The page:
"a sweet and clear sound, sensitive phrasing and gleaming sustained high notes" (New York Times)

Learn More

"It’s hard to explain. But something of a miracle occurred on the stage of Roy Thomson Hall Thursday night. Canadian soprano Simone Osborne was just wrapping up the final movement of Mahler’s Fourth Symphony…on Thursday, Osborne didn’t just sing that song, it’s as though she became the song, that hers was the voice that had created the entire symphony. It felt as though the 80-odd musicians on stage were somehow emanations of her and her musical presence, so thoroughly did she inhabit the music she was singing. Even though Osborne is on stage for a mere fraction of the symphony’s duration, it was as though she had been there the entire evening, as though we had been hearing her somehow make the symphony’s music." —Robert Harris, The Globe and Mail, November 10, 2015

"She is simply astonishing."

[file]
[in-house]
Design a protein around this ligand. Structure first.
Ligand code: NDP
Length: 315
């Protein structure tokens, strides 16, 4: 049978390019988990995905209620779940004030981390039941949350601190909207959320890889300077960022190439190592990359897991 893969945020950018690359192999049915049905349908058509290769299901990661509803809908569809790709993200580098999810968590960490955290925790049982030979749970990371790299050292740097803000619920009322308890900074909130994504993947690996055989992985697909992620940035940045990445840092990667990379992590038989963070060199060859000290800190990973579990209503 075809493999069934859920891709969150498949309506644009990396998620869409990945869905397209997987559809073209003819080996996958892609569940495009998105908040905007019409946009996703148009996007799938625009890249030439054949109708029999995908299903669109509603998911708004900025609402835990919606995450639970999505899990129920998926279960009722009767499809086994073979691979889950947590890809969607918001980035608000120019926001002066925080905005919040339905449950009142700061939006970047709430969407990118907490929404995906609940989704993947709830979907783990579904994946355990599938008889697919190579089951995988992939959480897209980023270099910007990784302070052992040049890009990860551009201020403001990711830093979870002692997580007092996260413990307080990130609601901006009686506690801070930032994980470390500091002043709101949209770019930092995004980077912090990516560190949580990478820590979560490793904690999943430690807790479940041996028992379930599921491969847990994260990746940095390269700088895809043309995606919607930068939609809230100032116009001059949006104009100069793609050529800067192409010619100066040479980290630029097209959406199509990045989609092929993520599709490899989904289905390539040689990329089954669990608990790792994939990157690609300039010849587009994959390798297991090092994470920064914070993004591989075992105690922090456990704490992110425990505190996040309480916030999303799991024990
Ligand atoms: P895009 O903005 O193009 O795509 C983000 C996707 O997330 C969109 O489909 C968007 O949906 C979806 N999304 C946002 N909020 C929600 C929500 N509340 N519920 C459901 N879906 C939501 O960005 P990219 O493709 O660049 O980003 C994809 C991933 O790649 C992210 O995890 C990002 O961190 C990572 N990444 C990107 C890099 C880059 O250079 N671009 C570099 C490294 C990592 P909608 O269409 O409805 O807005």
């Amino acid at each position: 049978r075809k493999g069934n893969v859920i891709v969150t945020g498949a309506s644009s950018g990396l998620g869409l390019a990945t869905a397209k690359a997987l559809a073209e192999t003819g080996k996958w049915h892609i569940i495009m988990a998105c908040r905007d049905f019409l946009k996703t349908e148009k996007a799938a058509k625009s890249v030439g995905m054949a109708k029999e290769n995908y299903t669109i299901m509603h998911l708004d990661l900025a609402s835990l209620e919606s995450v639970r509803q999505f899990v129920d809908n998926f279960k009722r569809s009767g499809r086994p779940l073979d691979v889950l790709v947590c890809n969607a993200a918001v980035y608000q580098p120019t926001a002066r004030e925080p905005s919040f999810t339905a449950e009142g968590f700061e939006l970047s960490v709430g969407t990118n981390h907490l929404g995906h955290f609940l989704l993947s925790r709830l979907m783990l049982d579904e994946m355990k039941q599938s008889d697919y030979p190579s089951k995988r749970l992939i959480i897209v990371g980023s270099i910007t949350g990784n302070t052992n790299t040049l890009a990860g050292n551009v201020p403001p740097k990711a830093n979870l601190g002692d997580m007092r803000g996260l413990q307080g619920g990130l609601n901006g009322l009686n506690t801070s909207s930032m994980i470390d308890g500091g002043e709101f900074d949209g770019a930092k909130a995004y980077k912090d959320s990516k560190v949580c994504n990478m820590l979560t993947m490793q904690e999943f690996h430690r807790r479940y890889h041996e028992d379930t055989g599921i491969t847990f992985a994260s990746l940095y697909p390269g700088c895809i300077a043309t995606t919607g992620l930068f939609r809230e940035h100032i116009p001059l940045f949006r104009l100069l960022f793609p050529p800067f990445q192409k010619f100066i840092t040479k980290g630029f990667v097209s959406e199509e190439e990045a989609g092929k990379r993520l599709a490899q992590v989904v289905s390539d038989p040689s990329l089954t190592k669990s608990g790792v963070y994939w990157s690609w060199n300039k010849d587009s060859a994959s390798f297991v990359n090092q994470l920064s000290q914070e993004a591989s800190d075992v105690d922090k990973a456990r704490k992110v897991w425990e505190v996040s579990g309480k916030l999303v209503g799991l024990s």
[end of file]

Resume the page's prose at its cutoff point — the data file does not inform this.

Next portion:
"She sails through the notes with the joy of a bird at sunrise."

"She shines an enormous light every second she is onstage."

"...the young soprano let loose with the vocal pyrotechnics, reaching the heights out of real emotion, and finding rich shades in the lower register."

"...appealingly girlish timbre, easy coloratura, and ringing high E flat."

Learn More

FLARE Magazine names Simone one of the country's 60 under 30!

Learn More

A joy to hear.

–LA Times

Celebrated for her resplendent vocal timbre, exceptional musicality and unparalleled dramatic instincts, Canadian soprano Simone Osborne is establishing herself as one of the most exciting emerging artists in the opera world. Simone was one of the youngest Grand Prize winners in the history of the Metropolitan Opera National Council auditions and has gone on to debut on opera and concert stages across the globe. A proud graduate of the Canadian Opera Company’s Ensemble Studio, Simone has made over a dozen role debuts with the company in recent years. Read more

The Buzz

A selection of songs by Verdi and Rossini made the most of Simone Osborne’s keen dramatic instinct. Her soprano has a creamy, sweet top register and an arrestingly dark lower range.

–New York Times

Simone Osborne shone and her voice soared as Nannetta, the Ford's daughter, as she was given one of the few real arias in the work, a third-act beauty which she delivered with grace and care.